And follow the blog. Because, honestly, we have zero followers, and I have been writing for like, a week. I mean, come on boys, focus. You can do this. Follow the blog already.

11 thoughts on “What this blog is about:”

  1. Bill, I don't know how to follow you on the blog website. I am a little amazed every time I figure out how to find it. Can you just mail me written copies in the mail? Then I just need to go to the mailbox and find it inside with my junk mail. Just a thought.

  2. The blue button doesn't show up in the Android phone version of your blog, but I'll get on a computer and follow you. Keep writing! I'm ghost following you. Also you guys use a Chariot pull behind. Does it have shocks? Do you recommend them? Christine's trailer has shocks, mine doesn't and Charles doesn't like when I go fast. I wonder if it's too bumpy when you go fast.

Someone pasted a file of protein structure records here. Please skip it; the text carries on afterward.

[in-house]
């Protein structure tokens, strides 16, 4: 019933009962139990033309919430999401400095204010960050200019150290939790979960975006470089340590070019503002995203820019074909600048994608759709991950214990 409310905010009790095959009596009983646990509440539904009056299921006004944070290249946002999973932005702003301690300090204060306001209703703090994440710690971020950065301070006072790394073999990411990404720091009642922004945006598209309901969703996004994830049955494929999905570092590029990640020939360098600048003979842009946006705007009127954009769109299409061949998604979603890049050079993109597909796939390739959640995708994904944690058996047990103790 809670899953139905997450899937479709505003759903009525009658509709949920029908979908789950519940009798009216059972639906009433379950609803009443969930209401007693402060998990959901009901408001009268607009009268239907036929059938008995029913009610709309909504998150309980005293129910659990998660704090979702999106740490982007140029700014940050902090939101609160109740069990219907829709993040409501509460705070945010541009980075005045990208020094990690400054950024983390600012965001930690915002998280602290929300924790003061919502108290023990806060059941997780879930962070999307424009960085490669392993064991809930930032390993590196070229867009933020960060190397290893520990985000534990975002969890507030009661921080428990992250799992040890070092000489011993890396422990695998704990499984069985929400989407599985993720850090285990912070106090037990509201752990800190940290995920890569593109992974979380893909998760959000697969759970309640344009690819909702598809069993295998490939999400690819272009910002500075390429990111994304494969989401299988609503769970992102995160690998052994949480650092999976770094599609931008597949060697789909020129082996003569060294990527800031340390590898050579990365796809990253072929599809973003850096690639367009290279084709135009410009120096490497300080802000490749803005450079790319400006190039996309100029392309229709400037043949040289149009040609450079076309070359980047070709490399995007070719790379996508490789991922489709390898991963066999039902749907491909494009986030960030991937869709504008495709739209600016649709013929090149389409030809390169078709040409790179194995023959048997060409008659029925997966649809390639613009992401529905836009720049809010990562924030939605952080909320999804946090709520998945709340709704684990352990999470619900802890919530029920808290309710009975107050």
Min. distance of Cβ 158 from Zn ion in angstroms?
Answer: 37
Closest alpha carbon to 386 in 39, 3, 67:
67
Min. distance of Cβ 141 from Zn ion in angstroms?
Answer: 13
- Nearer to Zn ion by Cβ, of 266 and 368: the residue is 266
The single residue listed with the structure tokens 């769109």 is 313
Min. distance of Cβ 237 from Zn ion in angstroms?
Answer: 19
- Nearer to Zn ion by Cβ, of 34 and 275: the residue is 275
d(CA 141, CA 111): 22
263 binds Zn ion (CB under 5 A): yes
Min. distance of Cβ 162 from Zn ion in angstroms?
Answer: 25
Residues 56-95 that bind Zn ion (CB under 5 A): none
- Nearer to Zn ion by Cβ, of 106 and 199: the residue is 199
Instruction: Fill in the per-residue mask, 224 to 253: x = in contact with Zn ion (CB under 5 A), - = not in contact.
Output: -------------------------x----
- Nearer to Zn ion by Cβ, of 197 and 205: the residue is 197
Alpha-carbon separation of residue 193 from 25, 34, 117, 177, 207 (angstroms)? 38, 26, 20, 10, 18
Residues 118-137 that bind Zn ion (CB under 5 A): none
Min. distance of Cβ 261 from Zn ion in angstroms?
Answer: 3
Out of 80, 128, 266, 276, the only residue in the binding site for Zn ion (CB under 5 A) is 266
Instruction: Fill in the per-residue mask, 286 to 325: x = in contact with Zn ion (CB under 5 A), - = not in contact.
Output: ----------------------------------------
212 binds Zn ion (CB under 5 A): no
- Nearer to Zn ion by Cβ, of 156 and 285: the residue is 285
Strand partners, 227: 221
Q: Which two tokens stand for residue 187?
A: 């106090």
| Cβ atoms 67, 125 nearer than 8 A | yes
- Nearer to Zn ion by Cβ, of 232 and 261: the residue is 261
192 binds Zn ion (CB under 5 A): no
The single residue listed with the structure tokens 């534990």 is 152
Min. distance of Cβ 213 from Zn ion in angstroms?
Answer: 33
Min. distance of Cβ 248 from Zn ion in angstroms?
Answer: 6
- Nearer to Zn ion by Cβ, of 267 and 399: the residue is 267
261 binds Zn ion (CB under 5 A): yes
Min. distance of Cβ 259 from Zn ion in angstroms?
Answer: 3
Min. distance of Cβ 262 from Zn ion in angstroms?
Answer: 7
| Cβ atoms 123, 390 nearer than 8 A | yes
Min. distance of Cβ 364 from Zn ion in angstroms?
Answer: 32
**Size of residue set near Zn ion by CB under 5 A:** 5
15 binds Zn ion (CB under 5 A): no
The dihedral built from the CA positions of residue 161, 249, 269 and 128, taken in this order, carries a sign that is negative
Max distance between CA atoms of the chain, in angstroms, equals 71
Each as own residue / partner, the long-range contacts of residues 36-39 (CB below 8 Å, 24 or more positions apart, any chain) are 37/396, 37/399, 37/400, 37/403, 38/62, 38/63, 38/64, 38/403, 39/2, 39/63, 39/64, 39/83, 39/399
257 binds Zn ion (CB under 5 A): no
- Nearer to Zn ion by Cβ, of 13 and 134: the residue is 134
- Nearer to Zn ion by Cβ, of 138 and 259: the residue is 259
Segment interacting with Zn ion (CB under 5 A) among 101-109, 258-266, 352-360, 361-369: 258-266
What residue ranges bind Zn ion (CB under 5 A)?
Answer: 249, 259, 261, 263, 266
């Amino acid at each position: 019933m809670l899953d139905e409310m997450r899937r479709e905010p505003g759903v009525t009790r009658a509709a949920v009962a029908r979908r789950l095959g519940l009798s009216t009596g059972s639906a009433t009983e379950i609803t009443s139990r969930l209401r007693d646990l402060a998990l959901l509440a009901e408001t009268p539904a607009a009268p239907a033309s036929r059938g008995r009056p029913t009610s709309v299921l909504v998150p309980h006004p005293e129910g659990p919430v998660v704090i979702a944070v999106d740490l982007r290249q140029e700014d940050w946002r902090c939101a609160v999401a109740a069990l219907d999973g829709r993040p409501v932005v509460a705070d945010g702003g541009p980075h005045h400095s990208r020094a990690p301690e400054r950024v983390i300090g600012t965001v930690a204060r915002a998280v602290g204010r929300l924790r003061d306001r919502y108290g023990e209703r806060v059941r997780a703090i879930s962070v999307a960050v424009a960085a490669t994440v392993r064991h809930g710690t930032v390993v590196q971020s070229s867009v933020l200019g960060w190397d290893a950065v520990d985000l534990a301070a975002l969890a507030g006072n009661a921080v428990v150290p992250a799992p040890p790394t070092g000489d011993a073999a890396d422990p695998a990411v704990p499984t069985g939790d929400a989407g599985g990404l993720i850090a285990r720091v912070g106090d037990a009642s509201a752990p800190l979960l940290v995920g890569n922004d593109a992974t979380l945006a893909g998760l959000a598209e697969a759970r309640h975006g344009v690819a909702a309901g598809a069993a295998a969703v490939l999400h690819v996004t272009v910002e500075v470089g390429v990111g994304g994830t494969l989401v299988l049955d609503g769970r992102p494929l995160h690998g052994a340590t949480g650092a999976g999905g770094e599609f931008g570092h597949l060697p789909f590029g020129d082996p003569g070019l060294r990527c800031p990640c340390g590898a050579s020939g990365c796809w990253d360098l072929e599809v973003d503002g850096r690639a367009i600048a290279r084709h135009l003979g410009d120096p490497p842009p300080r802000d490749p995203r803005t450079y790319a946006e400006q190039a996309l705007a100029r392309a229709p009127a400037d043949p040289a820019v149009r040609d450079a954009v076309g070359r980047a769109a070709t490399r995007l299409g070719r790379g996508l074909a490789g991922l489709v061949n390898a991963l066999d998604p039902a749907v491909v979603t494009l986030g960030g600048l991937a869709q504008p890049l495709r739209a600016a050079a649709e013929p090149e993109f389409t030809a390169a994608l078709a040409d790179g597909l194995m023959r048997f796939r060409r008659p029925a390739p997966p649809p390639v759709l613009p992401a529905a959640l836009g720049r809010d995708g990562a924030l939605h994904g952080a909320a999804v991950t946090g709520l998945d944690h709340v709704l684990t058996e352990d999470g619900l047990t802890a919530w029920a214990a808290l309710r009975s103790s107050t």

1. Catherine, yes, our Chariot has shocks. And yes, it is recommended. Lewis falls asleep back there all the time (I don't think he would without the shocks).

  3. Hello! Another 2011 UMN Law Grad over here. I found your blog through someone else's FB comment (Hi Michael Anderson). I just wanted to say that I'm thoroughly enjoying it, and that it is making me reconsider all of my previously-held excuses for not biking more with two small kids. I do have one question — do your kids ever ride alongside you? Do you prefer to tow them? I have a five and a seven year old, and they are . . . bike-hesitant. I'd love to ride more with them to the grocery store, etc., but fear that it would be like herding suicidal ducks. Thoughts?